Whilst many plant species produce natural rubber, quality and economic considerations limit the major source of natural rubber to one specie, Hevea brasiliensis.
Rubber is a native of the Amazon basin and introduced to countries in the tropical belts of Asia and Africa during late 19th century.
It can be termed as the most far reaching and successful of introductions in plant history resulting in plantations over 9.3 million hectares.
The crop also known as the Para rubber tree after the Brazilian port of Para, is a quick growing, fairly sturdy, perennial tree of a height of 25 to 30 meters. The rubber tree may live for a hundred years or even more. But its economic life period in plantations averages 32 years – 7 years of immature phase and 25 years of productive phase.
The Agricultural Development Bank (ADB) has been at the forefront of financing rubber cultivation in Ghana with support from Government of Ghana, Agence Française de Développement (AFD), and the World Bank with Ghana Rubber Estates Limited (GREL) as a Technical Operator.
The bank has been the Financial Operator in four out of the five phases of the Rubber Outgrower Plantation Project (ROPP). The Phase I of the project was launched in 1995 and was co-financed by the Government of Ghana, Agence Française de Développement (AFD) and the World Bank.
This saw the development of 1,200 ha of rubber plantations for 400 Outgrower farmers within the Western Region. Phase II of the Project involved 500 new Outgrower farmers cultivating 2,855 ha of rubber and was co-financed by the Government of Ghana and AFD from year 2000 to 2003 with the Agricultural Development Bank as the Financial Operator.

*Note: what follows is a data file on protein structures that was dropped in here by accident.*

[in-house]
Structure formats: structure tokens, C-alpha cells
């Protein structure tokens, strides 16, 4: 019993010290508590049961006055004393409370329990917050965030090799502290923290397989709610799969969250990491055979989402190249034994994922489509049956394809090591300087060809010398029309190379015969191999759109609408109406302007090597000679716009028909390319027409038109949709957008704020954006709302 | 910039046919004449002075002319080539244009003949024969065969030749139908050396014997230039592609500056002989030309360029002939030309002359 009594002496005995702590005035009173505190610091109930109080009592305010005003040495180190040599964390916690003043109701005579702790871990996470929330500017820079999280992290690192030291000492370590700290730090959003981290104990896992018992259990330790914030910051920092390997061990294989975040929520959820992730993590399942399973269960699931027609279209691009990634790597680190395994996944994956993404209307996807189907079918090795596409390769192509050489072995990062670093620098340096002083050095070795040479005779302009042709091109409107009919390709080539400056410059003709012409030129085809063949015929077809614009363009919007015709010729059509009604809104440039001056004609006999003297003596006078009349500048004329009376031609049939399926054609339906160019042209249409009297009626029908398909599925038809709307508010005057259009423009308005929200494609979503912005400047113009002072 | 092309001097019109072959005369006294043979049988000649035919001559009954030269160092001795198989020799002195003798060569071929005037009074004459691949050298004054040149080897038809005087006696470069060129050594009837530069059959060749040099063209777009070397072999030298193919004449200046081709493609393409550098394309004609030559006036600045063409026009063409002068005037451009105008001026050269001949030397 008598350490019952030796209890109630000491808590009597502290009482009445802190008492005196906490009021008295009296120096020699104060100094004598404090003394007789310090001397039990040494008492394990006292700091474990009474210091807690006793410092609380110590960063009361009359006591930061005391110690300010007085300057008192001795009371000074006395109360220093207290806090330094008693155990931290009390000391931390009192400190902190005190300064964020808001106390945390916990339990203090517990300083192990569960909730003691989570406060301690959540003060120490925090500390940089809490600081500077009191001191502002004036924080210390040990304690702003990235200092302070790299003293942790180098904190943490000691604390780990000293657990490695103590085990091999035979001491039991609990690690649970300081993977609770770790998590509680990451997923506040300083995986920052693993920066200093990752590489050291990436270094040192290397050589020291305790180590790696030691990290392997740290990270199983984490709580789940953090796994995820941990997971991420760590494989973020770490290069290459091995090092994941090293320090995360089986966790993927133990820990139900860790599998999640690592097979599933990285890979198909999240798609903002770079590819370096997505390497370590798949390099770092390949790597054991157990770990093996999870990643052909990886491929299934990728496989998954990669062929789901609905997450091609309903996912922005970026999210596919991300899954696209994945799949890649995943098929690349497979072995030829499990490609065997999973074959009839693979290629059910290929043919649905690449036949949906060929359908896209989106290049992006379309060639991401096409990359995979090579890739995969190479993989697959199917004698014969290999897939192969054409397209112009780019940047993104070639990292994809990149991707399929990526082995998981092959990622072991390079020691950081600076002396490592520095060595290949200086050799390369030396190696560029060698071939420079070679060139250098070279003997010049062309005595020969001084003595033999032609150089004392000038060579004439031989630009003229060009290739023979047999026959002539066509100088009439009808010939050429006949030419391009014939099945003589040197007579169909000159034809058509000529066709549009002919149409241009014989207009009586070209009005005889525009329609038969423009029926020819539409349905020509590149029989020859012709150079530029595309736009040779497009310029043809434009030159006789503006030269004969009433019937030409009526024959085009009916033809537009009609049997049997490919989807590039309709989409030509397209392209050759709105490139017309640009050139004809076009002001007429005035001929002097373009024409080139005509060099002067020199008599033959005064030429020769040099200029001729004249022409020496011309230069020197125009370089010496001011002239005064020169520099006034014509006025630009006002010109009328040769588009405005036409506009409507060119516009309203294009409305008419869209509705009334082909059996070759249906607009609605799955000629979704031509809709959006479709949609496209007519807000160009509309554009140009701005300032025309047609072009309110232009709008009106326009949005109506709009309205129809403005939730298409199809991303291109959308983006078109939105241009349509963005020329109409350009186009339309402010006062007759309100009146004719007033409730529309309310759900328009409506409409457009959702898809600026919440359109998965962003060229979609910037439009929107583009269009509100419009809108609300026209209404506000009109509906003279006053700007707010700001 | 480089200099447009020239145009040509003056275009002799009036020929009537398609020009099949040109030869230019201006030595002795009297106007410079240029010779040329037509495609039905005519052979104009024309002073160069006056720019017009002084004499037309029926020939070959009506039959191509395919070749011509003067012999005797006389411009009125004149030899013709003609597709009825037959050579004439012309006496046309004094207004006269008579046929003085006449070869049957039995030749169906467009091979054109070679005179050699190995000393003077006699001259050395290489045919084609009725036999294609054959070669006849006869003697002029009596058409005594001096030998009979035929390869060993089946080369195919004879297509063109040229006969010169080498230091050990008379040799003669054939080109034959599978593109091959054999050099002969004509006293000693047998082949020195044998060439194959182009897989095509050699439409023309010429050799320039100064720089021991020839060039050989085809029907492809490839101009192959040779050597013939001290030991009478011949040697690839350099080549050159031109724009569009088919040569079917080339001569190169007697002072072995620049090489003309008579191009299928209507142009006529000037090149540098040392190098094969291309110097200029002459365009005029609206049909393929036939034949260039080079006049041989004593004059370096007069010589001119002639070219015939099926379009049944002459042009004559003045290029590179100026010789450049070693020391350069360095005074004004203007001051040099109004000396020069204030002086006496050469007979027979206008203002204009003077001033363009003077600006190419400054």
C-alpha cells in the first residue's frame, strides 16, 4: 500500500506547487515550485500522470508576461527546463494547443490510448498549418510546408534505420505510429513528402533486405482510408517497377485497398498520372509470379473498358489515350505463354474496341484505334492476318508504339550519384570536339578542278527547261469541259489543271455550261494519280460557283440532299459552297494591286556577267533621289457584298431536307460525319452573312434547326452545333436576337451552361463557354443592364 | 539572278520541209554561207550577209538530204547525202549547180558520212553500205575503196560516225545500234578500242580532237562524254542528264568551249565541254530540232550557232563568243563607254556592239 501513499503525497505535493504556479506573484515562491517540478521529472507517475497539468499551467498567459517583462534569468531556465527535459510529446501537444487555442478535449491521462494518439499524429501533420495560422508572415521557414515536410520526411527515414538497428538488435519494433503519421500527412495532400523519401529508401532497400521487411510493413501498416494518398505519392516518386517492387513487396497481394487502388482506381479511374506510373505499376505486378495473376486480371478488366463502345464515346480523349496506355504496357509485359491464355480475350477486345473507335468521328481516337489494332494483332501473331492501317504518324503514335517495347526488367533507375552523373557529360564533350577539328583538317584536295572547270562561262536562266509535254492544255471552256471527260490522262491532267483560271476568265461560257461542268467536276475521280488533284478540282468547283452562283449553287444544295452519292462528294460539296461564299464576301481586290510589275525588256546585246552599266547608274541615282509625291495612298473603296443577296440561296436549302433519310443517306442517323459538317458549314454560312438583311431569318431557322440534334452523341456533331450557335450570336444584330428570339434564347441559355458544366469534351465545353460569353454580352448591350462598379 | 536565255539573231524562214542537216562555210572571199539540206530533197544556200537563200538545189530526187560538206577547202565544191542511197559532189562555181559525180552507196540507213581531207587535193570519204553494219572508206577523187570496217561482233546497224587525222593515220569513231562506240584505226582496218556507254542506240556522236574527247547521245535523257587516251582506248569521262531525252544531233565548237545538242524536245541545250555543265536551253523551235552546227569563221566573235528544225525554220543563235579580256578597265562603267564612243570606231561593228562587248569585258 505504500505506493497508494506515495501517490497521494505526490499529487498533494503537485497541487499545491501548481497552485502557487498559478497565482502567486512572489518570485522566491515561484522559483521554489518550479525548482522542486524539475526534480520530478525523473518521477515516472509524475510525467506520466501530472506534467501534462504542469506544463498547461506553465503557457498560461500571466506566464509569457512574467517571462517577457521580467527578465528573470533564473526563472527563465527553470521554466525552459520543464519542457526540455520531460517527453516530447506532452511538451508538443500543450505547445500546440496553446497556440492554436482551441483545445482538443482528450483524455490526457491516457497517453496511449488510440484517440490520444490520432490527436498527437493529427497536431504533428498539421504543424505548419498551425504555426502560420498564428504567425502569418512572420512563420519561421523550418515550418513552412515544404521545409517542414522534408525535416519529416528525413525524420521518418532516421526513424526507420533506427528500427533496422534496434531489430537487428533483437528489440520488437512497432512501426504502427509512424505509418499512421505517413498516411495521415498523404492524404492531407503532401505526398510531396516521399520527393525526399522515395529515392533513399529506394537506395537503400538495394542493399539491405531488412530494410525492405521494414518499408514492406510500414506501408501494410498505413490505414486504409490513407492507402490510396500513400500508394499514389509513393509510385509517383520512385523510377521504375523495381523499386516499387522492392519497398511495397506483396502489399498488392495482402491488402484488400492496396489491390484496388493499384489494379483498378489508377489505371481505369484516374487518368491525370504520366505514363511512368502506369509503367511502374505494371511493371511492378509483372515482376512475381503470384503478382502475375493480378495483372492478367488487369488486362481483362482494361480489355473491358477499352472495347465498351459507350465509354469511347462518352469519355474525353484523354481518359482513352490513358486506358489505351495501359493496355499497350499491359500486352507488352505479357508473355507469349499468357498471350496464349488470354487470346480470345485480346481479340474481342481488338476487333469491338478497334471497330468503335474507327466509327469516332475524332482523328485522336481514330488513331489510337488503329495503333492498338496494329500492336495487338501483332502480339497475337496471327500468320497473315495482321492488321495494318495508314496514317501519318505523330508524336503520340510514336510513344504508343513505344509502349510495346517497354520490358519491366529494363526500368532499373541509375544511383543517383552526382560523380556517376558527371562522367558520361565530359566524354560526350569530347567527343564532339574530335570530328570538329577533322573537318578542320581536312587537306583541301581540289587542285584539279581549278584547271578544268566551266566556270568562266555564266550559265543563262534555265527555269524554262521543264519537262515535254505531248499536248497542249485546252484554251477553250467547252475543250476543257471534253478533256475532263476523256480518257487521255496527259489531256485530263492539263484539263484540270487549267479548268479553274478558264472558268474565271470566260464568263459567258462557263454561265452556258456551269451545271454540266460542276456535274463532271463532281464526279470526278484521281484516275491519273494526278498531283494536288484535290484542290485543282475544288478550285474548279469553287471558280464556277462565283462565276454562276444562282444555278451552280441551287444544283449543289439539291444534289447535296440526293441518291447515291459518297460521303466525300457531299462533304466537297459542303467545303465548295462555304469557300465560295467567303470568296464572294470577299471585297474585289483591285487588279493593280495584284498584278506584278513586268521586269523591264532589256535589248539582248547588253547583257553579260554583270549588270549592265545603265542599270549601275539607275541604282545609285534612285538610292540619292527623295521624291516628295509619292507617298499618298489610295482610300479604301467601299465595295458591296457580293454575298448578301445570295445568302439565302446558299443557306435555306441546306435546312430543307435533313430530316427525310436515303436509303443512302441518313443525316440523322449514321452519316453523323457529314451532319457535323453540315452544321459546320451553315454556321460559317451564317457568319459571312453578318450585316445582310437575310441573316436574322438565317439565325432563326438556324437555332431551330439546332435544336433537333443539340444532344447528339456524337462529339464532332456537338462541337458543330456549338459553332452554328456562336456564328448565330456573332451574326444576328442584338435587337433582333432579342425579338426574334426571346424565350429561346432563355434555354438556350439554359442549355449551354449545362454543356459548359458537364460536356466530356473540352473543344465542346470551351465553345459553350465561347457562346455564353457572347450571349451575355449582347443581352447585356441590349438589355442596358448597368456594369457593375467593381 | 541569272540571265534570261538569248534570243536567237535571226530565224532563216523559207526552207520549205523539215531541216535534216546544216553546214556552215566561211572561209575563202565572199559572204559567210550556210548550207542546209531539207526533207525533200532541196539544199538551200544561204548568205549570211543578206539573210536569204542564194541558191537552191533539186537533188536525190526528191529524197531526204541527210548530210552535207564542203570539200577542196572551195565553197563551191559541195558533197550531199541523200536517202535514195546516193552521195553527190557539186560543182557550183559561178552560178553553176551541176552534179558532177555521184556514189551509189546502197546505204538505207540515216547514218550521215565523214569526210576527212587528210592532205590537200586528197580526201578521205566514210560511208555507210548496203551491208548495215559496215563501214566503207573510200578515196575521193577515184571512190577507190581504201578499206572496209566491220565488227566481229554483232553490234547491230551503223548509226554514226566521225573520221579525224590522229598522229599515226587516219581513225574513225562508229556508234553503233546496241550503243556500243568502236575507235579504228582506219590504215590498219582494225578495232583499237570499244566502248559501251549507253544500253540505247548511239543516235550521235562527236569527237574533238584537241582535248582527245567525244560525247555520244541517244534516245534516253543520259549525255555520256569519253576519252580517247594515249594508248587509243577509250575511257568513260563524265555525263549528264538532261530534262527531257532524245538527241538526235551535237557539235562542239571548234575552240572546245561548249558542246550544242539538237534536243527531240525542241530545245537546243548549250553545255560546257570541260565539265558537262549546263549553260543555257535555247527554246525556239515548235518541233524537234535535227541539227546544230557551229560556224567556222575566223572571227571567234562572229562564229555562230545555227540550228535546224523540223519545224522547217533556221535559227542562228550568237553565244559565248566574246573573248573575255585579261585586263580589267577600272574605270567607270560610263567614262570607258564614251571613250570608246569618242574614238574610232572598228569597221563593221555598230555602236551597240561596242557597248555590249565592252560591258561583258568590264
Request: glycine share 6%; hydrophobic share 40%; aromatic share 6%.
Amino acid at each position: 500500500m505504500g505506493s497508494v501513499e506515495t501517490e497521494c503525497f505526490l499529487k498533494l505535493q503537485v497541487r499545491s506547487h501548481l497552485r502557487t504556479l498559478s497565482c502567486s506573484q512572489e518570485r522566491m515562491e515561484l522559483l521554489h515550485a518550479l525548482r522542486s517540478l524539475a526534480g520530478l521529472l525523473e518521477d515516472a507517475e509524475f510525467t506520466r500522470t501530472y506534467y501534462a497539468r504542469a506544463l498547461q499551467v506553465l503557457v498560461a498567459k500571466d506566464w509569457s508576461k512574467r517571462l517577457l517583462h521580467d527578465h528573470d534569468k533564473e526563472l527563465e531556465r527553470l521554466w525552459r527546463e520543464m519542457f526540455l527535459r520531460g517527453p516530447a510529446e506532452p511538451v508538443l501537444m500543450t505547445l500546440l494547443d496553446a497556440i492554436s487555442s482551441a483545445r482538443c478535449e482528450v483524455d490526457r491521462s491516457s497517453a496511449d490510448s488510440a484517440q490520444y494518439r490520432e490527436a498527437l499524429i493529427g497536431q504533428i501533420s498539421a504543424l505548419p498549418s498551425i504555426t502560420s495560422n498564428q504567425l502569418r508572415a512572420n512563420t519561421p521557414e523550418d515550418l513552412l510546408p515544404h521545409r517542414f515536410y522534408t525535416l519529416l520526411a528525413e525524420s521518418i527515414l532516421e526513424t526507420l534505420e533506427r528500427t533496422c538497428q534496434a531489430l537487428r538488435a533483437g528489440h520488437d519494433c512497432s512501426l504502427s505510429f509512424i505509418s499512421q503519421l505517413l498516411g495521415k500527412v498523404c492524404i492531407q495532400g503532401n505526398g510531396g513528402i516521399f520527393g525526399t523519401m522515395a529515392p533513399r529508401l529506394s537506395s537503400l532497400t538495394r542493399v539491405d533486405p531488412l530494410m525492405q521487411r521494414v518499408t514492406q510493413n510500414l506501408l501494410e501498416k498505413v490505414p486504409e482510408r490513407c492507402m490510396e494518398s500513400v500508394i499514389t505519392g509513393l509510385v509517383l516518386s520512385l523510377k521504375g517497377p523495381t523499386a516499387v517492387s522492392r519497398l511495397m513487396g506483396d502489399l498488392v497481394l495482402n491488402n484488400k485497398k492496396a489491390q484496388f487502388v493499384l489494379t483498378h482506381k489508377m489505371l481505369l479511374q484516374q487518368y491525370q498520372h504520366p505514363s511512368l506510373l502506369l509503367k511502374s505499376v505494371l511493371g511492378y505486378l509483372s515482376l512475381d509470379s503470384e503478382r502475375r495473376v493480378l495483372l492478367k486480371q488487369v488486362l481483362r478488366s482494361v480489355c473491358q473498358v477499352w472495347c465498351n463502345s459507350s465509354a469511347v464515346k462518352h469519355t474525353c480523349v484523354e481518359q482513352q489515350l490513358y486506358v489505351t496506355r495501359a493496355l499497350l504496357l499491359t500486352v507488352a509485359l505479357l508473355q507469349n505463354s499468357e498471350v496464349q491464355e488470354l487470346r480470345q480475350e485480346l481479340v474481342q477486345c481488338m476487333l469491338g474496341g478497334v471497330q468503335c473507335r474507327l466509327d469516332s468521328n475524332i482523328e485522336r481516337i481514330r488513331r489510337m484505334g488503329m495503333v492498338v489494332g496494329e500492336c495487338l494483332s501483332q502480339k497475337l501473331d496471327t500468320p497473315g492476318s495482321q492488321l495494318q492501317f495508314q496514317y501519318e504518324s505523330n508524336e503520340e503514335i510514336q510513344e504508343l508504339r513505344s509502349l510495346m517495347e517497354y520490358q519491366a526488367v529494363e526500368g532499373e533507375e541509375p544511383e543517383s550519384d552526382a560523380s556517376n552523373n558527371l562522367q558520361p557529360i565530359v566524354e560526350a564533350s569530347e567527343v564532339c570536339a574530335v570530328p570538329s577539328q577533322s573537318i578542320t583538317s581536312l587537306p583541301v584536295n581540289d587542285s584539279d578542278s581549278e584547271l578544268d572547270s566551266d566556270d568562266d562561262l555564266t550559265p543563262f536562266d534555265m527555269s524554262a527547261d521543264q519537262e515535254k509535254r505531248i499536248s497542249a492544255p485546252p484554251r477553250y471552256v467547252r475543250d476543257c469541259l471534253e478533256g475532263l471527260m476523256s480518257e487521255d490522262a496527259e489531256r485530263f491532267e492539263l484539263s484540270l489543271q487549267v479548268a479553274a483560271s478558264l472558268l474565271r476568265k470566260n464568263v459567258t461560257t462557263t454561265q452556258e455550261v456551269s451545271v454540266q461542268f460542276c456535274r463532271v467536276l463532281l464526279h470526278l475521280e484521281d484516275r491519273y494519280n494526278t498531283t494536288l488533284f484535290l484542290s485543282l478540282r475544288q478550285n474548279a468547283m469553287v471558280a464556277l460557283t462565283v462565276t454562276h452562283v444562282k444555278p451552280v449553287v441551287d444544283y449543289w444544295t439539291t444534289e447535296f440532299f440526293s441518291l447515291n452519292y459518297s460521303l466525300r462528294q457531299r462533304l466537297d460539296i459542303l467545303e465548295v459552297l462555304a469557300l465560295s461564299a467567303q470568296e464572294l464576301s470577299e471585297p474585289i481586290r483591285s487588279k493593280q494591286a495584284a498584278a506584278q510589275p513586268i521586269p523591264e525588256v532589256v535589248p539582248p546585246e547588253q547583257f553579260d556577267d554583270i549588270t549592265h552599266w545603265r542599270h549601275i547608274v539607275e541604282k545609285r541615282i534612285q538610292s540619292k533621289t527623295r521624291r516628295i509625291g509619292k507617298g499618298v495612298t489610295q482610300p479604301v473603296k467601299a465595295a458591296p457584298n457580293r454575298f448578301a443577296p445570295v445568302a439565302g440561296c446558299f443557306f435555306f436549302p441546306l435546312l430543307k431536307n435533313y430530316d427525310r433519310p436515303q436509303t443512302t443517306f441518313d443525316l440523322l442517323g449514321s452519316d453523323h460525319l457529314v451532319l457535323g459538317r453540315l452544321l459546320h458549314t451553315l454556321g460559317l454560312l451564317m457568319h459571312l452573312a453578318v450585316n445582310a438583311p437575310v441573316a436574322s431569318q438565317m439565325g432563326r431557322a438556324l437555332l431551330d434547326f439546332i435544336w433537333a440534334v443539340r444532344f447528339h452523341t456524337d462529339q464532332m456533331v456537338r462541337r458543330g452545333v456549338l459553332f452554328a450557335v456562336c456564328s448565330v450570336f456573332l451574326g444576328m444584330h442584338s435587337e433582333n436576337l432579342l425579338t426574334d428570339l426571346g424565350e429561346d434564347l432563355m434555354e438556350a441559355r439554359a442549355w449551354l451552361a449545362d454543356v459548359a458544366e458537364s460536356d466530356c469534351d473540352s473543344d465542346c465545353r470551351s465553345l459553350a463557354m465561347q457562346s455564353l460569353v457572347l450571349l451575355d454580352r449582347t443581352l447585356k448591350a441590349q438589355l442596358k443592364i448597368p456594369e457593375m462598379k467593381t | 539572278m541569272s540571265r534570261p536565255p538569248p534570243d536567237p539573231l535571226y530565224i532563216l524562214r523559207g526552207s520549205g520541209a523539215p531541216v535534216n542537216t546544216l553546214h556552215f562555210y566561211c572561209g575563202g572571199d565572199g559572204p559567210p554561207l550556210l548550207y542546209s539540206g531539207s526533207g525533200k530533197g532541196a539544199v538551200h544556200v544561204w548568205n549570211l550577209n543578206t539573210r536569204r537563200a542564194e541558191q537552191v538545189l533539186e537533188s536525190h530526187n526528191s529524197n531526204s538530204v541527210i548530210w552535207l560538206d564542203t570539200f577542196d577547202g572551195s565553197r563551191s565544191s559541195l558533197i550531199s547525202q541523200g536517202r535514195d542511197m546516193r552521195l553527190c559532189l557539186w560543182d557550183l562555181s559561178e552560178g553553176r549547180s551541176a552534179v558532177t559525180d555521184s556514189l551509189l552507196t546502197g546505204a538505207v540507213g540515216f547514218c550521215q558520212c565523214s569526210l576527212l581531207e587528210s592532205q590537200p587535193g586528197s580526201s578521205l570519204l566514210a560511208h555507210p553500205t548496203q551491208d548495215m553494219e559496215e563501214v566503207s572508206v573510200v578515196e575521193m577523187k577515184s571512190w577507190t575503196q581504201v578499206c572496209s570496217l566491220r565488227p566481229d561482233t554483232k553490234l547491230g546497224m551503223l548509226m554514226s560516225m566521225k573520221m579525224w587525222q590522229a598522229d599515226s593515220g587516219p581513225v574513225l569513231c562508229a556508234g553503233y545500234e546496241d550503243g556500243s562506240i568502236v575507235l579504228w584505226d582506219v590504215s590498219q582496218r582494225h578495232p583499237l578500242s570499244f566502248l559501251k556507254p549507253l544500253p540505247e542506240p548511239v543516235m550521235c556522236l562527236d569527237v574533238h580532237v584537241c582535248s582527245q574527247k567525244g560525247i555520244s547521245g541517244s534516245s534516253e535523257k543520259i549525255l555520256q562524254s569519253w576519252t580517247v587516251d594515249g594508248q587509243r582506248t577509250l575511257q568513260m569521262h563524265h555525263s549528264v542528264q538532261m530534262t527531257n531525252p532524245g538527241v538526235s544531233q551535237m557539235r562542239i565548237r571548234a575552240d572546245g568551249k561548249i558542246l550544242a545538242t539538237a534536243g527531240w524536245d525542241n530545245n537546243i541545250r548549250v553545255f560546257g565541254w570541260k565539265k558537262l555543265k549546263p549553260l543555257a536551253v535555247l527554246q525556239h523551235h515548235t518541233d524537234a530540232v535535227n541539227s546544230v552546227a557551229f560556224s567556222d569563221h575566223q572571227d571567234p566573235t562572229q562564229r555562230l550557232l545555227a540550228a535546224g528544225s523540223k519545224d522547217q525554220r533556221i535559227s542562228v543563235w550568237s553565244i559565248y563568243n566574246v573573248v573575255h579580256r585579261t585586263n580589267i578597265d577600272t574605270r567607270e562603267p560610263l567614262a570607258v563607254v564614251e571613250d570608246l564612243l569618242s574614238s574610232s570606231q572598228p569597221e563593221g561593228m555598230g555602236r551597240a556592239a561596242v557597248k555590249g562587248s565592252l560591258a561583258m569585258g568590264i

Phase IV of the Project (2010-2012) involved a direct (Non-Sovereign) on-lending financing from AFD to Agricultural Development Bank and resulted in the cultivation of 10,700 hectares of rubber by 2,800 Outgrower farmers. ADB through a non-sovereign on-lending arrangement is presently financing the Phase V component of the project involving the cultivation of additional 7,000 hectares of rubber by 2,465 Outgrower farmers in over 400 communities in 33 districts across the Western, Central and Ashanti regions of Ghana.
ADB since 1995 has provided on-lending and other facilities totaling about Euro 32.0 million to support the rubber subsector. This has contributed to an increase in the area under cultivation from about 10,000 hectares in 1995 to about 57,000 in 2015.
The bank’s financial intermediation to the rubber value chain has resulted in production and processing of 12,572 metric tons of rubber valued at GHS20.87 million (US$5.22 million) in year 2015 for export . The annual production of rubber from farms financed by ADB is expected to increase to about 19,288 metric tons of dry rubber annually when production from the last two phases (IV and V) peaks.
In a bid to further improve the standard of living of rubber farmers, the bank has developed a specific product to cater for their non-farm needs. Non-farm loans are advanced to farmers to enable them carter for their domestic needs including payment of fees of their wards to the tertiary level.
The bank through the financing of these projects has also immensely contributed to the improvement of the environment through carbon sequestration.
While rubber plantations are known as a major source of honey, this enterprise has not been explored in Ghana. The bank stands in readiness to support farmers, entrepreneurs and researchers to exploit the unique potential of the rubber tree as a source of honey because of the extra floral nectars at the tip of the petiole.
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